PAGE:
It’s Halloween time again, and just as predictably as costume stores have expanded their line of “sexy” costumes (sexy judge, anyone? Or perhaps a sexy gnome?), college administrators have begun wringing their hands over the possibility that someone on campus will wear a costume that offends someone else. In recent days, news outlets have reported that both the University of Minnesota – Twin Cities and the University of Colorado have sent campus wide emails cautioning their student bodies against wearing insensitive costumes.
One could argue that these emails reflect the kind of paternalism that underlies a lot of the censorship on college campuses nowadays, but the emails do not—in and of themselves—violate students’ expressive rights. Universities are free to encourage students to adopt certain values or to conform their expression to certain norms, so long as they do not cross the line into requiring students to do so. But because so many universities do cross that line, it is worth preemptively reminding these and other institutions that they cannot take disciplinary action against a student or group of students simply for wearing an offensive costume or hosting an insensitively themed party.
In 2010, Syracuse University administrators sent out a similar email to the student body there, asking them to “please consider how your portrayal of ethnicity and race, gender, class, religion, culture, sexual orientation, or disability might affect others.” While that request seemed innocuous enough, an article several days later in the university’s student newspaper revealed that the university’s request, while phrased in aspirational terms, was actually anything but. In that article, Department of Public Safety Chief Anthony Callisto stated:
“If we detect that there’s a person with an offensive costume, we’d likely require them to remove it, and we would file a judicial complaint,” Callisto said. “There are costumes that could be very offensive to members of protected class communities.” [Emphasis added.]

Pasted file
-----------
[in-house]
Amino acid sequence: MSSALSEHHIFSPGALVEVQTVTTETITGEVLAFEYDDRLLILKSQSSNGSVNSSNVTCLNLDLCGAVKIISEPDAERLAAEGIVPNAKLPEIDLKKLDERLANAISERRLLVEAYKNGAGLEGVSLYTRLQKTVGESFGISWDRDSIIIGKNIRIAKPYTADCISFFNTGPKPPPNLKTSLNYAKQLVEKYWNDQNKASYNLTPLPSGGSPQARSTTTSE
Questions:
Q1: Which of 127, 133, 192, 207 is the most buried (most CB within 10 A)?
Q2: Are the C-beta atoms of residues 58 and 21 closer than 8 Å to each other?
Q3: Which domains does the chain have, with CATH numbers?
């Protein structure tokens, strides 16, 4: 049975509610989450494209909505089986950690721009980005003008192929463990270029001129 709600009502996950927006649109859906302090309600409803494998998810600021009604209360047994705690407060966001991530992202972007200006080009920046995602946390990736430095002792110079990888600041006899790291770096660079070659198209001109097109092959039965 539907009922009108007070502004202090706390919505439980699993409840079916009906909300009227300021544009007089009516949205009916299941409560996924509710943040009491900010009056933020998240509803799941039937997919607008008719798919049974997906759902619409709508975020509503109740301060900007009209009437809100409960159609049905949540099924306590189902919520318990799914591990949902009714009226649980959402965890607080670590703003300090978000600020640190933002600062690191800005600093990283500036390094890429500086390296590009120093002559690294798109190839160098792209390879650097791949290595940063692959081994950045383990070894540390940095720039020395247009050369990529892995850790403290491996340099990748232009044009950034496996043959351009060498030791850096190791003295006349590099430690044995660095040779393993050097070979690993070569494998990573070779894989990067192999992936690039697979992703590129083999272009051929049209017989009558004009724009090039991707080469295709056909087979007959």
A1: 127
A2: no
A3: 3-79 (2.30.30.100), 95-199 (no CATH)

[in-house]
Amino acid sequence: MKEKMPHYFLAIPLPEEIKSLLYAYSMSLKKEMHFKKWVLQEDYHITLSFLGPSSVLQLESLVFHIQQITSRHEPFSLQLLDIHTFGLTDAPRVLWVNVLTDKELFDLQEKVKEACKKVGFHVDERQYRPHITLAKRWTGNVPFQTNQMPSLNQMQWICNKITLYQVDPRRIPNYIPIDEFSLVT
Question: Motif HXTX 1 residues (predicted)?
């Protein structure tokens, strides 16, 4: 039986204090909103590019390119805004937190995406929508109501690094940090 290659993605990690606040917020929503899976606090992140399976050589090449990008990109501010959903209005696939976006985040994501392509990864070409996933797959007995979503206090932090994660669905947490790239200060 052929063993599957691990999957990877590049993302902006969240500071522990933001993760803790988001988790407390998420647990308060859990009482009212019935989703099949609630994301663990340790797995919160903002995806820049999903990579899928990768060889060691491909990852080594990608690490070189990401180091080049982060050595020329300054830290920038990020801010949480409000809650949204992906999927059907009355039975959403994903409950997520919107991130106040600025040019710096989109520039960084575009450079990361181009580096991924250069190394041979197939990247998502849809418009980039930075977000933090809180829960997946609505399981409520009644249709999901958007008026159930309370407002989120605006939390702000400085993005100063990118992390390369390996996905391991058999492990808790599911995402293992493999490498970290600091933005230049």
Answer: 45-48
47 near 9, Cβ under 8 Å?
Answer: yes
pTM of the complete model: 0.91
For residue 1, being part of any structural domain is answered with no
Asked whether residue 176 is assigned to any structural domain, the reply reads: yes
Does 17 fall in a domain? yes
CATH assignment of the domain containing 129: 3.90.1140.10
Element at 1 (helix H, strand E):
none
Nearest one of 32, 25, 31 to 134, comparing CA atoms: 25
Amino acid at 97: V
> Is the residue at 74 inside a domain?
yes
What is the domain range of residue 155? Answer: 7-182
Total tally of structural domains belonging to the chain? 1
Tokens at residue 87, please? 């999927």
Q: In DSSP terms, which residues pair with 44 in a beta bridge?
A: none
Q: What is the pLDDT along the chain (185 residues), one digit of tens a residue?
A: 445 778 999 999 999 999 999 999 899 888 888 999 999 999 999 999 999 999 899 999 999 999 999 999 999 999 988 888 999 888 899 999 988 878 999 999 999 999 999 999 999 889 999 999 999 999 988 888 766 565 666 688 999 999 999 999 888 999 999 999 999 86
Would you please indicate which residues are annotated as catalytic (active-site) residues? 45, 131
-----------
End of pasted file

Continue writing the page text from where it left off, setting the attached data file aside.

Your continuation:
This is precisely what cannot happen at institutions like the University of Minnesota and the University of Colorado. While those universities may indeed exercise their own free speech rights to advocate for inoffensive costumes, students and administrators there must understand that the university may not take adverse action against students who choose to disregard its advice.
Part of the problem here is that so many universities, including both the University of Colorado and the University of Minnesota, maintain vague and overbroad “bias” policies under which the wearing of an offensive costume could easily constitute a bias incident.
At the University of Colorado, a “bias motivated incident” is defined as “behavior that is motivated by bias based on perceived race, religion, ethnicity, national origin, gender, gender identity, disability, age or sexual orientation and has a negative impact.” And more specifically, “[c]omments or actions that are degrading or devaluing may be considered to be bias incidents.”
And at the University of Minnesota – Twin Cities, “bias incidents” are “[e]xpressions of disrespectful bias, hate, harassment or hostility against an individual or group … .” The policy states that “[e]xpressions vary, and can be in the form of language, words, signs, symbols, threats, or actions that could potentially cause alarm, anger, fear, or resentment in others, or that endanger the health, safety, and welfare of a member(s) of the University community, even when presented as a joke” (emphases added).
Now, neither of these policies explicitly states that students will be punished for committing bias incidents. Rather, they provide a mechanism for students to report such incidents to the university for investigation. But as FIRE has said on countless occasions, when the only conduct at issue is protected expression, there is nothing to investigate. And the threat of investigation—particularly when coupled with an official university “advisory” against insensitive costumes—is almost certainly sufficient to have a powerful chilling effect on student expression. This is why FIRE always argues that policies explicitly implicating protected speech, even when not directly tied to a threat of disciplinary action, are troublesome from a free speech standpoint.